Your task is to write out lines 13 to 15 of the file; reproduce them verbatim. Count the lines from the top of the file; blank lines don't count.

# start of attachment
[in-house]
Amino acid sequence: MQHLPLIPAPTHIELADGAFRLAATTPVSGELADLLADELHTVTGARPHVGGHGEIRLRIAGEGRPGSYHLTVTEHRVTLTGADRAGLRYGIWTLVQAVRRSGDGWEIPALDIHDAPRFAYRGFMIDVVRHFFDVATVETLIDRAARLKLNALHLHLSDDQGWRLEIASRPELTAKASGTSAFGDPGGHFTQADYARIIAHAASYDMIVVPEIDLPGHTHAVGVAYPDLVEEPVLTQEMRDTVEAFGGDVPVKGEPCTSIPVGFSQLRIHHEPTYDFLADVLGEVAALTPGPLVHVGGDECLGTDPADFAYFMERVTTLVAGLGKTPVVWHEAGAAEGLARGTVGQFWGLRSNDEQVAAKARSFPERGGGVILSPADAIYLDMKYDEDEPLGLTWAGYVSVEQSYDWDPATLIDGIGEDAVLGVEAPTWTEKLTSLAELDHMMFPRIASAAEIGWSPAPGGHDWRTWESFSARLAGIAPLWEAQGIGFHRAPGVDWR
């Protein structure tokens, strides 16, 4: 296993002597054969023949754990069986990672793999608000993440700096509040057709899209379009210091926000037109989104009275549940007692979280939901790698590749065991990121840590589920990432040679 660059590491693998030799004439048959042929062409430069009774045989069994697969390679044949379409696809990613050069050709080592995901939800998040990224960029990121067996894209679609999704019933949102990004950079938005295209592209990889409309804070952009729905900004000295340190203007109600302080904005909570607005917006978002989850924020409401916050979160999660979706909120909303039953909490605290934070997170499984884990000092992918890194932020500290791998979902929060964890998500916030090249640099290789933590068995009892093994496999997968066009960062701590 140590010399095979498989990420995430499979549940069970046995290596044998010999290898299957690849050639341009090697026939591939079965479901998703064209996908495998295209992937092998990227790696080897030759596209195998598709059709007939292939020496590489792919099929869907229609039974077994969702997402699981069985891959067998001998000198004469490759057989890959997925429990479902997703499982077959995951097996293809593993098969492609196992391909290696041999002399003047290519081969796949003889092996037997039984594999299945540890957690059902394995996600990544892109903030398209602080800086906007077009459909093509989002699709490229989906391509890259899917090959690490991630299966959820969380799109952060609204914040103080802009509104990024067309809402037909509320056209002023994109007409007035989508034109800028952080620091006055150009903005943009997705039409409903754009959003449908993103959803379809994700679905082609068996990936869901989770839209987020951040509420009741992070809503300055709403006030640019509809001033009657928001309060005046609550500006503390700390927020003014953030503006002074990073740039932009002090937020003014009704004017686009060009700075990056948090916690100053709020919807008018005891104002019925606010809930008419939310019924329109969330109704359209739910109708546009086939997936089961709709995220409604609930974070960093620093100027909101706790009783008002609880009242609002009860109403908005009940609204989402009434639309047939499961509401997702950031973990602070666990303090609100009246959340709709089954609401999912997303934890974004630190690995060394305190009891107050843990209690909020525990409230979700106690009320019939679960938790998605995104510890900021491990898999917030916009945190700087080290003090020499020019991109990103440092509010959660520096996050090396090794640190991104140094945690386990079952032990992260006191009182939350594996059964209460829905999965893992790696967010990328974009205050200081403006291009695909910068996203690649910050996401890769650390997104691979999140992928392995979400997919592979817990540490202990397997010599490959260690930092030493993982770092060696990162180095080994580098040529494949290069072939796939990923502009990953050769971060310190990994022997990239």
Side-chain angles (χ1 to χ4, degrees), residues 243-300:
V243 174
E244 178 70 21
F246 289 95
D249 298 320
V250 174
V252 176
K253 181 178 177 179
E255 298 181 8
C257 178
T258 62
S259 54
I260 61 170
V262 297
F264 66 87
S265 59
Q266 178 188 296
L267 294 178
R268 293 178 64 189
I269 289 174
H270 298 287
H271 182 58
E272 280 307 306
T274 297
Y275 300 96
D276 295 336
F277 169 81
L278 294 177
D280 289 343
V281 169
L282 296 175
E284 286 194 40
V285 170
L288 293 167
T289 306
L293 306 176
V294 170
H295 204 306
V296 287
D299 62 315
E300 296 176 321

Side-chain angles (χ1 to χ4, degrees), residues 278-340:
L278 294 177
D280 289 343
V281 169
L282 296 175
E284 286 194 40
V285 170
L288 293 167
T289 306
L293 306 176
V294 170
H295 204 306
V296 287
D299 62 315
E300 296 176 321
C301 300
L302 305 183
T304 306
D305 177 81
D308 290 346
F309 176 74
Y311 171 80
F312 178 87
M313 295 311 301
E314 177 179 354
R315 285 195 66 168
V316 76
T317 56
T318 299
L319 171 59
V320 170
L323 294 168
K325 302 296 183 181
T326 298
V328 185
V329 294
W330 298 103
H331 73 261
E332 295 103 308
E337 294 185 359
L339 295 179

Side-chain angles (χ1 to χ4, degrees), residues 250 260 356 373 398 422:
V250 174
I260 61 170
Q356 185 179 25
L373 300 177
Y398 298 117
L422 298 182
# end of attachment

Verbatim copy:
C257 178
T258 62
S259 54